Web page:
Here is one for theorists.
How can you regenerate a permanent magnet.
The magnet in question is part of the rotor of a honda generator. The
permanent magnet no longer has any power and the alternator will not
start up. It requires the permanent magnet to get power to feed the
electro magnet on the rotor.
usenet at lklyne dt co dt uk
It spins both a permanent magnet and an electro magnet. The stator
coils consist of the main windings for 120V/240V, A winding to power
the electronics feeding the rotor and a separate 12v winding.
The tech manual for a similar generaor says there should be 24V +- 4V
on the rotor coil. I connected external 12v source and got 200Ma
current. Started engine and output was 90V on the 240V output. Seems
reasonable to me, 24V will give circa 180V and the permanent magnet
another 60V. The rotor resistance is in the correct arena through the
brushes, and I have had them out to inspect.
The stator resistances are Ok and if the magnet was Ok and electronics
not working I would expect to see 60V on 240V output and something on
the coil feeding the electronics but there is virtaully nothing (1v
The generator is probably 10 years old and probably run about an hour
a year. Was used by a pub to run freezers in power cut. They are not
that frequent around here, (Wiltshire). I suspect not run for a couple
My source of reference was some manuals from
http://www.honda-uk.com/support.htm where you can find some technical
manuals and user manuals for honda equipment. I used the tech manual
covering the em3000 and the dead one is an em1500.
Maybe I will extract the rotor and dismantle it. Do something. Not
worth buying a new rotor.
On Tue, 14 Oct 2003 11:48:27 GMT, "BigWallop"
Then it's possible that the windings have loosened up over the years through
weathering, or that one or two have become corroded/oxidised. The whole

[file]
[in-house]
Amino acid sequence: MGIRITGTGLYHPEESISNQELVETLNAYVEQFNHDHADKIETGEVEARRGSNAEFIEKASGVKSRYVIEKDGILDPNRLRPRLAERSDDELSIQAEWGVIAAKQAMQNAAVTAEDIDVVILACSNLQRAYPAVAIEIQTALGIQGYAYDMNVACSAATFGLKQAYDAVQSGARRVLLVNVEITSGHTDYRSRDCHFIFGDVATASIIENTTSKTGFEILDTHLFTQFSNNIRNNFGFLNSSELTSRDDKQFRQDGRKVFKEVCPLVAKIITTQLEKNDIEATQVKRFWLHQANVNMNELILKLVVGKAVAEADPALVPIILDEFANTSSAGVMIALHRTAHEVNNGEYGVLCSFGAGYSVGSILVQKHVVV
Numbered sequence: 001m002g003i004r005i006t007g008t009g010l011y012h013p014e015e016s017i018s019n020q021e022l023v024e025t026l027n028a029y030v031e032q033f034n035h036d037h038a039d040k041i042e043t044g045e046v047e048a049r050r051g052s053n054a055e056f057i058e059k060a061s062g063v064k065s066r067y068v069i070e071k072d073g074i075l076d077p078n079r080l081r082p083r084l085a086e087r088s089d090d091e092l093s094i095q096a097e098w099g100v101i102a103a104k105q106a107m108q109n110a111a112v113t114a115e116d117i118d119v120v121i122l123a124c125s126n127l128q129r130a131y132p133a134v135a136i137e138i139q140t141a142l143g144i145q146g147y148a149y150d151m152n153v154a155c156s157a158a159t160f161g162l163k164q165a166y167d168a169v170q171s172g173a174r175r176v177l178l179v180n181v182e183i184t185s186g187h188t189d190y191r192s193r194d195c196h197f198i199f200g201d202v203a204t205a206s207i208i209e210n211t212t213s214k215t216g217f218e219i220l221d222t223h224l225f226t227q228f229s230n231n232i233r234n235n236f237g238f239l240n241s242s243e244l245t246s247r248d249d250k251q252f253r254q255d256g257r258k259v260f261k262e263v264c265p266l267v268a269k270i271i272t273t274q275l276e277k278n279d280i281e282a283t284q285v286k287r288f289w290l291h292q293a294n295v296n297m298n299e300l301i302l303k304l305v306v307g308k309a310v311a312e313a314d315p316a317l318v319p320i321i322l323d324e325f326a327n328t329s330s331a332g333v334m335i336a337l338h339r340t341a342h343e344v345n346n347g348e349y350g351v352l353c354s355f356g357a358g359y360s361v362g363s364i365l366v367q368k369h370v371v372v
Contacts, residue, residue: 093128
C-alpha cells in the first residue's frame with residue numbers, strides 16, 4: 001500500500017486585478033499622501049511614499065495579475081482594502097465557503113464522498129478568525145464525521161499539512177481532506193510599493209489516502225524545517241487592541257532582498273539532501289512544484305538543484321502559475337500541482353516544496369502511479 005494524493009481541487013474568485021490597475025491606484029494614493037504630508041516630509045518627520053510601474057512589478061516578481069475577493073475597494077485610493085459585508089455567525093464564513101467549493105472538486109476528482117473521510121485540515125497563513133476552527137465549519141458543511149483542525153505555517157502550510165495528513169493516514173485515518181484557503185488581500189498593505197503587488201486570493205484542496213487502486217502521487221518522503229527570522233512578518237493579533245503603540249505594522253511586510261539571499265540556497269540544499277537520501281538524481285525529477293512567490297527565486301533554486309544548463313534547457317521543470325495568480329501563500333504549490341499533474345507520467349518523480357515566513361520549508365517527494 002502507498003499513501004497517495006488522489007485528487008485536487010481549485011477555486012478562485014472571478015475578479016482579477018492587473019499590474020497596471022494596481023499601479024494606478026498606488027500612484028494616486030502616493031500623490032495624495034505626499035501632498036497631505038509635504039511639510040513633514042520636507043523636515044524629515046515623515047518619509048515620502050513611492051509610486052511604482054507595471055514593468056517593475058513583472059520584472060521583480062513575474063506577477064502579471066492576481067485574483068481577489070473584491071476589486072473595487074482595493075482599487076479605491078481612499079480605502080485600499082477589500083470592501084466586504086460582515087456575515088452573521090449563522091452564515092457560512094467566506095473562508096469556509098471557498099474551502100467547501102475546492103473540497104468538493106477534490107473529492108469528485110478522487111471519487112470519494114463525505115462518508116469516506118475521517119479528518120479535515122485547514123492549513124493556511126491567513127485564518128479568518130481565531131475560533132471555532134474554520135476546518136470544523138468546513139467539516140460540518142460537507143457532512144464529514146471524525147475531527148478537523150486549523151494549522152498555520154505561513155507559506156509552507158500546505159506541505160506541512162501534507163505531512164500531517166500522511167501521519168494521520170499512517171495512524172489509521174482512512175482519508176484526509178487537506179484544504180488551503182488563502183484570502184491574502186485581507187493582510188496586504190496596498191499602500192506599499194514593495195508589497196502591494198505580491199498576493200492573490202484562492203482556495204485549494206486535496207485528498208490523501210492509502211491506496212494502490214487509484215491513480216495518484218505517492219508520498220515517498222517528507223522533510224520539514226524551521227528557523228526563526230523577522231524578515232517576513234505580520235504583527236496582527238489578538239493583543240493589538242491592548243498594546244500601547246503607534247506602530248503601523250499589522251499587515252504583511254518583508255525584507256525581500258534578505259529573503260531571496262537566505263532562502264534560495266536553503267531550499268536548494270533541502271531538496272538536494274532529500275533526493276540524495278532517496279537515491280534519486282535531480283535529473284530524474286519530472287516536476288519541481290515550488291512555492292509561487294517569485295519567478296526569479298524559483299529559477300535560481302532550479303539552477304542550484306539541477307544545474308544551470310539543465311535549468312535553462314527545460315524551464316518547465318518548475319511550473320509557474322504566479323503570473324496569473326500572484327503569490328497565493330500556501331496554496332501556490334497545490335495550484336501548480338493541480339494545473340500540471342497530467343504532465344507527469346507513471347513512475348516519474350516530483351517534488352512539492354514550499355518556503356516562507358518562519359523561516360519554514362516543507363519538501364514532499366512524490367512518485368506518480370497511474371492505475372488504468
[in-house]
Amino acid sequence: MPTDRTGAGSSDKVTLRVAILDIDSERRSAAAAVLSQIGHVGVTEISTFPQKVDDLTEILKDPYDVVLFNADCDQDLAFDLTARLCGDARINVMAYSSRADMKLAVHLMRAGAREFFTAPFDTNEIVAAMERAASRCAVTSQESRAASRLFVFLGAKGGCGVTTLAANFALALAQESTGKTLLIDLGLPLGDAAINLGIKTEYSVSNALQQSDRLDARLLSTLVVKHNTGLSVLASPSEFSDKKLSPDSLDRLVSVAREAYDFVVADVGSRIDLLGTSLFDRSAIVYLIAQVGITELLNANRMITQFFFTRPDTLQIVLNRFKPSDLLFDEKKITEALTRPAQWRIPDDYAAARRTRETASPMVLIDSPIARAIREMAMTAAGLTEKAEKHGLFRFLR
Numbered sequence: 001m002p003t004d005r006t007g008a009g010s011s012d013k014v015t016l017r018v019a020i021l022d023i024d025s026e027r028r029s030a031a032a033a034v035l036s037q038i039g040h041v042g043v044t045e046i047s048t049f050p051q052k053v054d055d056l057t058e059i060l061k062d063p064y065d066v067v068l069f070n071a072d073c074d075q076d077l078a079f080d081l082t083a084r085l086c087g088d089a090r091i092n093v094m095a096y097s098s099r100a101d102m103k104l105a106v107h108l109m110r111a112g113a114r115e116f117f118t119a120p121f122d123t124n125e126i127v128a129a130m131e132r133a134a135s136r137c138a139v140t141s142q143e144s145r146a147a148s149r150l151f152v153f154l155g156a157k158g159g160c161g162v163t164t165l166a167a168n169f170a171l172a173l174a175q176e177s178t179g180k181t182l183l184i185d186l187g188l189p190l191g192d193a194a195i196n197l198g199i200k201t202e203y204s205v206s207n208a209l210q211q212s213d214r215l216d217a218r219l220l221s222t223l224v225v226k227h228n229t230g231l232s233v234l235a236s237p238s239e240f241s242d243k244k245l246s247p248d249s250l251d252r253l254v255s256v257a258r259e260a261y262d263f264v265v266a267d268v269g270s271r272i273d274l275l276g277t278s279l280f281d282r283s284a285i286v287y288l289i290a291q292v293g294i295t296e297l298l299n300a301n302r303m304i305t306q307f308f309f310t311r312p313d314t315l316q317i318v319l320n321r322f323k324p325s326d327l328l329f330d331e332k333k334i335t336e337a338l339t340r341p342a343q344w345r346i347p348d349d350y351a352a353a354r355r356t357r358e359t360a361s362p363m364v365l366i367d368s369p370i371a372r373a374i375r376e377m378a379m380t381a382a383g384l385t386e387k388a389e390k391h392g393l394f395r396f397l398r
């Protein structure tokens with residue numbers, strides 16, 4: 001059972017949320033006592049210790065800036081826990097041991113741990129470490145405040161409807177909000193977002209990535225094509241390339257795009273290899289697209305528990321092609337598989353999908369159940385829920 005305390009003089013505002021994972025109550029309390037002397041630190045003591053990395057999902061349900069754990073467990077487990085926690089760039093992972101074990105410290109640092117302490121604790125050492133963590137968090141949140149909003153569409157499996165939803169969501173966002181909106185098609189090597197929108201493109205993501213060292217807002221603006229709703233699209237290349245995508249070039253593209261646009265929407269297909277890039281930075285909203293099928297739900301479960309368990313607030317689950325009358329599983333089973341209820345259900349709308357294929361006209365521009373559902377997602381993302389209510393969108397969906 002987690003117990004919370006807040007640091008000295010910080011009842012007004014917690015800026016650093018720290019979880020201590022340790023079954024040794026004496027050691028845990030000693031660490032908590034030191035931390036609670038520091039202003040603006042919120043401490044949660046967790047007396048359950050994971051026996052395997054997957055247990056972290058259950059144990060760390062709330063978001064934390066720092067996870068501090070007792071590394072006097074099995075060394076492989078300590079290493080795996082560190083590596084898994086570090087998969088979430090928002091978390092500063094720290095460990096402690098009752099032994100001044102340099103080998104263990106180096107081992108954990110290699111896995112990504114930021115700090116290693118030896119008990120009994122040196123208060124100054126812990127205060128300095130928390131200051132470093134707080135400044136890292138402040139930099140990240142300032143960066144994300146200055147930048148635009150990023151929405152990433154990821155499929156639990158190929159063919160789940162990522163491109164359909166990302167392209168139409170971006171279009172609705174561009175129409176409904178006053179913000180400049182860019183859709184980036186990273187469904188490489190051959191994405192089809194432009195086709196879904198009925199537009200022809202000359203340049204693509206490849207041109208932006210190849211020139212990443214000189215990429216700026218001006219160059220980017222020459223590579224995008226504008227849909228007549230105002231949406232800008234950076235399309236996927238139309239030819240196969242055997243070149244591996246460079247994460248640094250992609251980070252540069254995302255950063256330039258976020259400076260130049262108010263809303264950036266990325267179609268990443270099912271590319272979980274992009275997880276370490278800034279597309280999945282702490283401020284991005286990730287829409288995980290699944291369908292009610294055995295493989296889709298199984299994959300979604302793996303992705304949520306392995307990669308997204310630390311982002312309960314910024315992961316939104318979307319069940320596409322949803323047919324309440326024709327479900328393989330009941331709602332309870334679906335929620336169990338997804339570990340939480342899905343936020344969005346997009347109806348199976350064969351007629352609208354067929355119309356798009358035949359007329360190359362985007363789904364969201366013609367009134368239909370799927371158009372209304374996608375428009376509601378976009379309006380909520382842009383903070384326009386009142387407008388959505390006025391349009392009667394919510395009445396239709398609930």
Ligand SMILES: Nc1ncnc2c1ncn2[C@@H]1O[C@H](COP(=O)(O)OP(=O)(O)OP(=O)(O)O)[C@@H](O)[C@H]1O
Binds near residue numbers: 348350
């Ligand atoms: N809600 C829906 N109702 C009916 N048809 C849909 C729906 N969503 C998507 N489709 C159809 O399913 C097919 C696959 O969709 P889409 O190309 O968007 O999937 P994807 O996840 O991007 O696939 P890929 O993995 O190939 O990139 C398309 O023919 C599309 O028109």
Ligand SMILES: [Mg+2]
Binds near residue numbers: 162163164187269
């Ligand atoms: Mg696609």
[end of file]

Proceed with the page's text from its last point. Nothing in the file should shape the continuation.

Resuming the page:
thing might just need a good clean out.
I'll have a look at some of the technical gumph I have here to see if I find
anything else that might throw some more light on possibilities.
Bugger it, eh ?
Is the pilot generator a permanent-magnet AC generator
(ie, is there also a bridge rectifier associated with it)
or is it a shunt-wound DC generator (ie, a direct DC o/p
comes off it via it's own brushes)?
In either case there are faults other than a complete loss
of magnetism that could be the cause of no output from it.
For a PMG setup there could be an open/shorted stator winding,
or a shorted diode in the bridge, or a short on the dc
For a shunt-wound DC generator it could be that an overload
has put the remanent magnetism into the wrong polarity, or
a fault in the winding, (open or short circuit).
Tony Williams. Change "nospam" to "ledelec" to email.
Umm .. I've never heard it expressed quite that way before, but I think I
understand. In my view, there's a reasonable probability of there being
some other fault on the unit - permanent magnets generally don't 'lose all
their power' so as to require 'regenerating'. It only requires a relatively
small residual magnetic field to enable a generator to "bootstrap" itself
anyway, so I think I'd still be looking for what's *really* wrong with your
unit. However ... is it possible that it has had a strong AC current
accidentally passed through the field coils when the generator wasn't
running? That certainly *could* destroy a permanent magnet if the current
was strong enough for long enough ....
With a magnetising rig, which you can make yourself. DAGS on dynamo
rebuilding - the stationary engine crowd do this regularly. Or ask
again in uk.rec.engines.stationary
Basic technique is to place the magnet in a coil, then to charge up a
capacitor bank and discharge it through the coil.
Problems are that the coil may need to be a funny shape, especially
for alternator / magneto work. Also coils need a lot of turns to
generate a large field from a small current. But more turns means more
inductance, which reduces the current you can force through them in a
pulse. So there's some juggling to be done for optimum size of coil,
capacitors and voltage.
Alternatively, ignore the old magnet (maybe saw it up for pole pieces)
and slip some powerful new rare earth magnets into the middle of it.
Modern ceramic magnets are so powerful that you can replace a big old
magnet with something tiny these days.
Die Gotterspammerung - Junkmail of the Gods
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